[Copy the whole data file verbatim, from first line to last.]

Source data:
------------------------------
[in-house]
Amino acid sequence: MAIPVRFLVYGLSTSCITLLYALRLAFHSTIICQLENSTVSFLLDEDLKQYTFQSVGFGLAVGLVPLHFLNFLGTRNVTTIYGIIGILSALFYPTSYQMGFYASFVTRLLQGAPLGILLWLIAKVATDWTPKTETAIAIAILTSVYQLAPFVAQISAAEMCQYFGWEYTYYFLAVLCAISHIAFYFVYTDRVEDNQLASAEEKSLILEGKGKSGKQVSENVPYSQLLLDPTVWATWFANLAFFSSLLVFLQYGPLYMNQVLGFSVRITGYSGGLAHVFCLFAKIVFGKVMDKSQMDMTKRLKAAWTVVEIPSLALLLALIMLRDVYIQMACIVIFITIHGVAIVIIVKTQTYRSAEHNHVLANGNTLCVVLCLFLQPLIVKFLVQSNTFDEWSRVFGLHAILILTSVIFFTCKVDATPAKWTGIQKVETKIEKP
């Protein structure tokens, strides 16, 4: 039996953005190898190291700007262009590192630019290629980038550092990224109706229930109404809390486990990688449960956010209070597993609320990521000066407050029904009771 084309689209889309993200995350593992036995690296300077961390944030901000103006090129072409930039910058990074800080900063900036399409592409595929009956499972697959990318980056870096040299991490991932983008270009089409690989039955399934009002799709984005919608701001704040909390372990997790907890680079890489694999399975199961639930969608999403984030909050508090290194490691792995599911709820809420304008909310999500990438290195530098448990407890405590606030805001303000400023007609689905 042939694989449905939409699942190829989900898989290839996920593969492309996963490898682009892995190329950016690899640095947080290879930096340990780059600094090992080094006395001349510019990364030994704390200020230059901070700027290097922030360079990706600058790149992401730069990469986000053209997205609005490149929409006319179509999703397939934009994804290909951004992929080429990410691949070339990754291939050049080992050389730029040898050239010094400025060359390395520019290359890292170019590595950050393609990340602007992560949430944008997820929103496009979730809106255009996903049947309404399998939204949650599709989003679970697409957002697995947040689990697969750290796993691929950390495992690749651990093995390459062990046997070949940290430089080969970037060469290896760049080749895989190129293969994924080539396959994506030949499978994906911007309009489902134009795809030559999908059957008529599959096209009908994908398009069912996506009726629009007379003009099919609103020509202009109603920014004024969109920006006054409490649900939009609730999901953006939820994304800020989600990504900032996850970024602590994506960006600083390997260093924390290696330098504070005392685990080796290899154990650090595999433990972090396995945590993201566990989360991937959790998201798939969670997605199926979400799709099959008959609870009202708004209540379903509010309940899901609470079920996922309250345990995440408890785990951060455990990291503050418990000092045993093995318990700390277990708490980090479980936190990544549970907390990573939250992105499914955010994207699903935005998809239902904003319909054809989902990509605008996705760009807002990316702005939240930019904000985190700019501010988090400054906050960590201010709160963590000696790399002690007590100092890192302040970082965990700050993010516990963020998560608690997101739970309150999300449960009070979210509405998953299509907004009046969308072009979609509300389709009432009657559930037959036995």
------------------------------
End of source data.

[in-house]
Amino acid sequence: MAIPVRFLVYGLSTSCITLLYALRLAFHSTIICQLENSTVSFLLDEDLKQYTFQSVGFGLAVGLVPLHFLNFLGTRNVTTIYGIIGILSALFYPTSYQMGFYASFVTRLLQGAPLGILLWLIAKVATDWTPKTETAIAIAILTSVYQLAPFVAQISAAEMCQYFGWEYTYYFLAVLCAISHIAFYFVYTDRVEDNQLASAEEKSLILEGKGKSGKQVSENVPYSQLLLDPTVWATWFANLAFFSSLLVFLQYGPLYMNQVLGFSVRITGYSGGLAHVFCLFAKIVFGKVMDKSQMDMTKRLKAAWTVVEIPSLALLLALIMLRDVYIQMACIVIFITIHGVAIVIIVKTQTYRSAEHNHVLANGNTLCVVLCLFLQPLIVKFLVQSNTFDEWSRVFGLHAILILTSVIFFTCKVDATPAKWTGIQKVETKIEKP
């Protein structure tokens, strides 16, 4: 039996953005190898190291700007262009590192630019290629980038550092990224109706229930109404809390486990990688449960956010209070597993609320990521000066407050029904009771 084309689209889309993200995350593992036995690296300077961390944030901000103006090129072409930039910058990074800080900063900036399409592409595929009956499972697959990318980056870096040299991490991932983008270009089409690989039955399934009002799709984005919608701001704040909390372990997790907890680079890489694999399975199961639930969608999403984030909050508090290194490691792995599911709820809420304008909310999500990438290195530098448990407890405590606030805001303000400023007609689905 042939694989449905939409699942190829989900898989290839996920593969492309996963490898682009892995190329950016690899640095947080290879930096340990780059600094090992080094006395001349510019990364030994704390200020230059901070700027290097922030360079990706600058790149992401730069990469986000053209997205609005490149929409006319179509999703397939934009994804290909951004992929080429990410691949070339990754291939050049080992050389730029040898050239010094400025060359390395520019290359890292170019590595950050393609990340602007992560949430944008997820929103496009979730809106255009996903049947309404399998939204949650599709989003679970697409957002697995947040689990697969750290796993691929950390495992690749651990093995390459062990046997070949940290430089080969970037060469290896760049080749895989190129293969994924080539396959994506030949499978994906911007309009489902134009795809030559999908059957008529599959096209009908994908398009069912996506009726629009007379003009099919609103020509202009109603920014004024969109920006006054409490649900939009609730999901953006939820994304800020989600990504900032996850970024602590994506960006600083390997260093924390290696330098504070005392685990080796290899154990650090595999433990972090396995945590993201566990989360991937959790998201798939969670997605199926979400799709099959008959609870009202708004209540379903509010309940899901609470079920996922309250345990995440408890785990951060455990990291503050418990000092045993093995318990700390277990708490980090479980936190990544549970907390990573939250992105499914955010994207699903935005998809239902904003319909054809989902990509605008996705760009807002990316702005939240930019904000985190700019501010988090400054906050960590201010709160963590000696790399002690007590100092890192302040970082965990700050993010516990963020998560608690997101739970309150999300449960009070979210509405998953299509907004009046969308072009979609509300389709009432009657559930037959036995």